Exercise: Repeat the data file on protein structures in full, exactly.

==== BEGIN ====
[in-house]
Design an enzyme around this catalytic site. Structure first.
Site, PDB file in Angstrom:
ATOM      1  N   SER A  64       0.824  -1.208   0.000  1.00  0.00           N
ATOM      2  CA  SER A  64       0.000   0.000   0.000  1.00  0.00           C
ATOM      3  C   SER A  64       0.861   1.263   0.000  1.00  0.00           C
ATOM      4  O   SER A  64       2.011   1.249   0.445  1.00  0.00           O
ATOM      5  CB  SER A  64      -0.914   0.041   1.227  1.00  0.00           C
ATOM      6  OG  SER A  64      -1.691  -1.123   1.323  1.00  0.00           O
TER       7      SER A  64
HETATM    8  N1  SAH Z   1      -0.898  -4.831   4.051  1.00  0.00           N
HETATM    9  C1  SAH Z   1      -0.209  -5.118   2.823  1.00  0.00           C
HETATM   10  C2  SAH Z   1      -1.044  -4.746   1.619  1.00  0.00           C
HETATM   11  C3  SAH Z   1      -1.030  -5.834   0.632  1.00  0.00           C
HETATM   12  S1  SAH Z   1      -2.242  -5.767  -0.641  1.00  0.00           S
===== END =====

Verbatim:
[in-house]
Design an enzyme around this catalytic site. Structure first.
Site, PDB file in Angstrom:
ATOM      1  N   SER A  64       0.824  -1.208   0.000  1.00  0.00           N
ATOM      2  CA  SER A  64       0.000   0.000   0.000  1.00  0.00           C
ATOM      3  C   SER A  64       0.861   1.263   0.000  1.00  0.00           C
ATOM      4  O   SER A  64       2.011   1.249   0.445  1.00  0.00           O
ATOM      5  CB  SER A  64      -0.914   0.041   1.227  1.00  0.00           C
ATOM      6  OG  SER A  64      -1.691  -1.123   1.323  1.00  0.00           O
TER       7      SER A  64
HETATM    8  N1  SAH Z   1      -0.898  -4.831   4.051  1.00  0.00           N
HETATM    9  C1  SAH Z   1      -0.209  -5.118   2.823  1.00  0.00           C
HETATM   10  C2  SAH Z   1      -1.044  -4.746   1.619  1.00  0.00           C
HETATM   11  C3  SAH Z   1      -1.030  -5.834   0.632  1.00  0.00           C
HETATM   12  S1  SAH Z   1      -2.242  -5.767  -0.641  1.00  0.00           S